I, myself, bought a very-high-end, tri-band
access point/router touting the latest Multiple
User Multiple In and Multiple Out (MU-MIMO).
It’s supposed to talk to multiple devices at full
bandwidth as if each were the only one on the
access point. Only after not getting great results, and then doing a lot of research, did I find
that MU-MIMO is for output from the access
point only. It doesn’t help ingest multiple wireless cameras at all.
The alternative is to have multiple access
points that only a couple of phones are sending
video to. This way, phones A and B connect to
AP- 1, while phones C and D connect to AP- 2, etc.
This means that your access point doesn’t have
to be amazing at all. But external antennas do
help. In certain situations, directional antennas
specifically pointing at distant cameras can be
the difference between success and failure.
Lastly, you may find yourself streaming from
a spot where wireless simply is not a workable
solution, such as an exhibit floor where there
are hundreds of devices all trying to use wire-
less connectivity. You need reliability for your
video stream, so you need to put all your devic-
es on a wire. For the iPhone solutions I men-
tioned before, Apple makes an Ethernet adapt-
er that enables you to connect each phone to a
hub with an Ethernet cable, which puts your en-
tire production on the reliability of a dedicated,
purpose-built, wired network made solely for
your video traffic.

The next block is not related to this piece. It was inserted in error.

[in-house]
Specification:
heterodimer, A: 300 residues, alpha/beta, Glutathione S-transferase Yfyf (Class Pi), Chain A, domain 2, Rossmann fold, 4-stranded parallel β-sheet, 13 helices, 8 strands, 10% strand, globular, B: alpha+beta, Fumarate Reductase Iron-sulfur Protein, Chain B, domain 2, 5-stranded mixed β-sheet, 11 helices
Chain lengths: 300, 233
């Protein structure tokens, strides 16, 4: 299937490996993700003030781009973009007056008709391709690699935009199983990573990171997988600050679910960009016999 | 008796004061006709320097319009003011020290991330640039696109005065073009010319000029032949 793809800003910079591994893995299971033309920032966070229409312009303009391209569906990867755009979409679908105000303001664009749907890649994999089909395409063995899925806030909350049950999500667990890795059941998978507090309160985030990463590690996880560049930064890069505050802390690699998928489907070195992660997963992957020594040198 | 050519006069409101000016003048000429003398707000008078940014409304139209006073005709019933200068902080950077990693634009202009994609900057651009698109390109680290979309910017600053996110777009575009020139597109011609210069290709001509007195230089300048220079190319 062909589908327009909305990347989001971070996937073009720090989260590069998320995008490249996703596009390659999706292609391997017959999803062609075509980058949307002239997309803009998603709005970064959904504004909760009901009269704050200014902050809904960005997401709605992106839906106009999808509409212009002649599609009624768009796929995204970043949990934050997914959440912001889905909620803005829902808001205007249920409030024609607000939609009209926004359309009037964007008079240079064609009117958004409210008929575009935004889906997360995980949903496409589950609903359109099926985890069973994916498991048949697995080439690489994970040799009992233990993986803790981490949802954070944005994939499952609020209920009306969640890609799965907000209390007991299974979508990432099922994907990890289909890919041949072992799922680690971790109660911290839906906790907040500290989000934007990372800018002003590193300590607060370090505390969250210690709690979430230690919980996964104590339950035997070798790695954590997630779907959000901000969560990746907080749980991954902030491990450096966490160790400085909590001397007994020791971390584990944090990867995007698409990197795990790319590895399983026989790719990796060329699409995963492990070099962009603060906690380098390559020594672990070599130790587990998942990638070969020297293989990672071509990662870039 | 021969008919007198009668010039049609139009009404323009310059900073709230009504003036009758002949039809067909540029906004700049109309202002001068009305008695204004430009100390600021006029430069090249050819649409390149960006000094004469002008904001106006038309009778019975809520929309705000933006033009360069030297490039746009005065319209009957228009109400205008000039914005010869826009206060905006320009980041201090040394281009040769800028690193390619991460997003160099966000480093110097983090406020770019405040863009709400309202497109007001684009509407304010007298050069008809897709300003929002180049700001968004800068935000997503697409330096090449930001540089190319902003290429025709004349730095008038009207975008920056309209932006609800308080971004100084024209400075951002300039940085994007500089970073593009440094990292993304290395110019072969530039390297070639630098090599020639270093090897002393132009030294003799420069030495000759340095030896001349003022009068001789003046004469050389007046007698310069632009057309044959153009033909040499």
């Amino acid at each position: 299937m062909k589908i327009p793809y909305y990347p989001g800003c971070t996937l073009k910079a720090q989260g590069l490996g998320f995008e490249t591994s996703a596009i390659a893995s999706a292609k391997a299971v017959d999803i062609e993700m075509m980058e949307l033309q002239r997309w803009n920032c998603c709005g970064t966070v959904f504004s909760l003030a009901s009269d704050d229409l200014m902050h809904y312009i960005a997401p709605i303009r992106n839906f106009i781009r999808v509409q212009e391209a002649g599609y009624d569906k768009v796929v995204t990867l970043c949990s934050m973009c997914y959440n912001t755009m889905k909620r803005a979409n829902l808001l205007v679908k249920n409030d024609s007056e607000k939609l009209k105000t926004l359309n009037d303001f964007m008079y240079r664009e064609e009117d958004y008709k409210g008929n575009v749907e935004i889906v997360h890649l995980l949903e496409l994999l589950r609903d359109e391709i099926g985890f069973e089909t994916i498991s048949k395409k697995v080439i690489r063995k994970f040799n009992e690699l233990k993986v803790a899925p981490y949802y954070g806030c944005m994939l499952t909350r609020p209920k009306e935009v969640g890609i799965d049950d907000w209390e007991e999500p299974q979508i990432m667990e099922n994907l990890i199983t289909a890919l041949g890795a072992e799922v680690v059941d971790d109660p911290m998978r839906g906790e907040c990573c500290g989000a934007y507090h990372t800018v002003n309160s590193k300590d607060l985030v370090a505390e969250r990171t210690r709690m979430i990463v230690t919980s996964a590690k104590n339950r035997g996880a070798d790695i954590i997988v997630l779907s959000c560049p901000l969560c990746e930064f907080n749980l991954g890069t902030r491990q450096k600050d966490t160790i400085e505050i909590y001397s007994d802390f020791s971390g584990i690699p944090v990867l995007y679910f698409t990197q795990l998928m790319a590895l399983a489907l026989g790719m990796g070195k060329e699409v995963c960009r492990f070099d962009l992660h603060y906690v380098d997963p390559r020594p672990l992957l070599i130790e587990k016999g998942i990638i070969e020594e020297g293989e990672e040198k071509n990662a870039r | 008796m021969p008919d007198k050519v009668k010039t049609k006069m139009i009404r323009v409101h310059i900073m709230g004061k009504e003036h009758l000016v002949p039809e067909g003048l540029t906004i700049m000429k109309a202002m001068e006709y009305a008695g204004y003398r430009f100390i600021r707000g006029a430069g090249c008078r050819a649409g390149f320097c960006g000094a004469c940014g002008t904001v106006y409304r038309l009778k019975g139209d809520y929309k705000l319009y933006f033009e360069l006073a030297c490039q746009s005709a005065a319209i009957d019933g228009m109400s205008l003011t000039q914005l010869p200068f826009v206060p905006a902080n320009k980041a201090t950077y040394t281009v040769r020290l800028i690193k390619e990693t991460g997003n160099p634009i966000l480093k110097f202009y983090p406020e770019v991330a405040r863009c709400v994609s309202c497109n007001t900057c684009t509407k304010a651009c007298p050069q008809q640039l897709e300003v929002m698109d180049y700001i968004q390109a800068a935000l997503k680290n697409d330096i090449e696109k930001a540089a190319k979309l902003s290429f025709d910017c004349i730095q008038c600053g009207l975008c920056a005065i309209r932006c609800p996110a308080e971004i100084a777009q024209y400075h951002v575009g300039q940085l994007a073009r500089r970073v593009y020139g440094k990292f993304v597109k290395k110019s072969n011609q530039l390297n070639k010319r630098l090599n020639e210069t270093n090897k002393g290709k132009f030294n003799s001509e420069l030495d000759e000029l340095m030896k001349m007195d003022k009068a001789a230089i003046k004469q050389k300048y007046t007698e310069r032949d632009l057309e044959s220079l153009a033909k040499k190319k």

Short of that, my standard practice is to at
least put my iPad on the LAN with an ethernet
adapter. This means that if I have four cameras,
the Wi-Fi access point has to receive only four
cameras. That’s it. If you put the iPad on Wi-Fi,
then the access point has to receive four camer-asand send those four streams back out to the
iPad, doubling the bandwidth. Then the iPad
has to send the stream back to the AP to go out
to the internet. If you’re using AirPlay for a video feed, then you are essentially sending up to
10 streams of data through one access point instead of just four.
Getting your video mixer on a wire into the
LAN takes away a lot of wireless traffic and helps
ensure the clearest path for your camera feeds.
And, usually, you can position your iPad on a table with the LAN, the audio mixer, and related
hardware, resulting in sort of a mobile “control
room” that you build on-site.
Bond. Must Bond.
If you’re going to be broadcasting from a
fixed location, you can generally work with
the IT manager of the facility to get a dedicated cable with a dedicated amount of bandwidth (QoS) carved out for your upload stream.
Generally, 5 to 10Mbps upload for each stream
that you’re going to push would be the starting point. I have worked on broadcasts that
have required two streams, where the second
stream was coming from a second laptop and
basically being a redundant “fallback” that the
streaming server could pick up if the main
stream died. This could potentially happen if
the laptop running the video mixing/streaming
However, all of that does not help you if there
is an interruption in the connectivity after your
device. This is where bonding comes into play.
Bonding splits up your stream and uses multiple pathways to the internet at the same time.
points in WiFi